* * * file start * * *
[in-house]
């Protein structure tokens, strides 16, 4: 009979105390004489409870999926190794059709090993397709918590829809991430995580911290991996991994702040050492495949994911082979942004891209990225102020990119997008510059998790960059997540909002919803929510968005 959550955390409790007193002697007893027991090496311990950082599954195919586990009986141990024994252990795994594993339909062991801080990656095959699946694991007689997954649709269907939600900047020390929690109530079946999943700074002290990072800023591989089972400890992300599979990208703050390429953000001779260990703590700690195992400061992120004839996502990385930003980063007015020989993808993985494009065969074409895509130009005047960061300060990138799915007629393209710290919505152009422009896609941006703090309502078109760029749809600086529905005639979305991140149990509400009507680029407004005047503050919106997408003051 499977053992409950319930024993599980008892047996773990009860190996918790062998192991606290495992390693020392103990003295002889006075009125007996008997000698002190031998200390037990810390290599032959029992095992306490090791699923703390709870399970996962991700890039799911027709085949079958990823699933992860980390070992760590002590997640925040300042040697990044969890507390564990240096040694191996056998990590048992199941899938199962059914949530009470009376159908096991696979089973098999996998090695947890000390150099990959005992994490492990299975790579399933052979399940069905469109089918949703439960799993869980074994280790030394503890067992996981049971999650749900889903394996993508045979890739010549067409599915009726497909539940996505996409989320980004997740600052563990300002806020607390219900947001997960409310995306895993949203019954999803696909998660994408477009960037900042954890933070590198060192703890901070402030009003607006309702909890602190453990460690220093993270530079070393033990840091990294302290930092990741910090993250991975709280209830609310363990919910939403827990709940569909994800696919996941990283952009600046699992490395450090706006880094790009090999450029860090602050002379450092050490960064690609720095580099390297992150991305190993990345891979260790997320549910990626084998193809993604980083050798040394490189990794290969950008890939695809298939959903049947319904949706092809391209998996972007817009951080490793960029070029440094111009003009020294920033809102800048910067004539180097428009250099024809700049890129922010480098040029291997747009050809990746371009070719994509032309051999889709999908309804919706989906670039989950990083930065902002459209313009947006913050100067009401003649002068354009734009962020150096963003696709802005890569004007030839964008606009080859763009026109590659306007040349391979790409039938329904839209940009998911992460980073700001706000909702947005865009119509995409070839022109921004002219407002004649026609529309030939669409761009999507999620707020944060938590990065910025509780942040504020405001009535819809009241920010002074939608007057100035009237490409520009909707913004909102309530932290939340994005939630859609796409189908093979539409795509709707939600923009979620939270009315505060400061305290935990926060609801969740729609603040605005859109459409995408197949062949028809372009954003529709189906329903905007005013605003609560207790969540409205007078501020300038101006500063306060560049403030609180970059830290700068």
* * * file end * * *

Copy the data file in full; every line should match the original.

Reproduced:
[in-house]
């Protein structure tokens, strides 16, 4: 009979105390004489409870999926190794059709090993397709918590829809991430995580911290991996991994702040050492495949994911082979942004891209990225102020990119997008510059998790960059997540909002919803929510968005 959550955390409790007193002697007893027991090496311990950082599954195919586990009986141990024994252990795994594993339909062991801080990656095959699946694991007689997954649709269907939600900047020390929690109530079946999943700074002290990072800023591989089972400890992300599979990208703050390429953000001779260990703590700690195992400061992120004839996502990385930003980063007015020989993808993985494009065969074409895509130009005047960061300060990138799915007629393209710290919505152009422009896609941006703090309502078109760029749809600086529905005639979305991140149990509400009507680029407004005047503050919106997408003051 499977053992409950319930024993599980008892047996773990009860190996918790062998192991606290495992390693020392103990003295002889006075009125007996008997000698002190031998200390037990810390290599032959029992095992306490090791699923703390709870399970996962991700890039799911027709085949079958990823699933992860980390070992760590002590997640925040300042040697990044969890507390564990240096040694191996056998990590048992199941899938199962059914949530009470009376159908096991696979089973098999996998090695947890000390150099990959005992994490492990299975790579399933052979399940069905469109089918949703439960799993869980074994280790030394503890067992996981049971999650749900889903394996993508045979890739010549067409599915009726497909539940996505996409989320980004997740600052563990300002806020607390219900947001997960409310995306895993949203019954999803696909998660994408477009960037900042954890933070590198060192703890901070402030009003607006309702909890602190453990460690220093993270530079070393033990840091990294302290930092990741910090993250991975709280209830609310363990919910939403827990709940569909994800696919996941990283952009600046699992490395450090706006880094790009090999450029860090602050002379450092050490960064690609720095580099390297992150991305190993990345891979260790997320549910990626084998193809993604980083050798040394490189990794290969950008890939695809298939959903049947319904949706092809391209998996972007817009951080490793960029070029440094111009003009020294920033809102800048910067004539180097428009250099024809700049890129922010480098040029291997747009050809990746371009070719994509032309051999889709999908309804919706989906670039989950990083930065902002459209313009947006913050100067009401003649002068354009734009962020150096963003696709802005890569004007030839964008606009080859763009026109590659306007040349391979790409039938329904839209940009998911992460980073700001706000909702947005865009119509995409070839022109921004002219407002004649026609529309030939669409761009999507999620707020944060938590990065910025509780942040504020405001009535819809009241920010002074939608007057100035009237490409520009909707913004909102309530932290939340994005939630859609796409189908093979539409795509709707939600923009979620939270009315505060400061305290935990926060609801969740729609603040605005859109459409995408197949062949028809372009954003529709189906329903905007005013605003609560207790969540409205007078501020300038101006500063306060560049403030609180970059830290700068």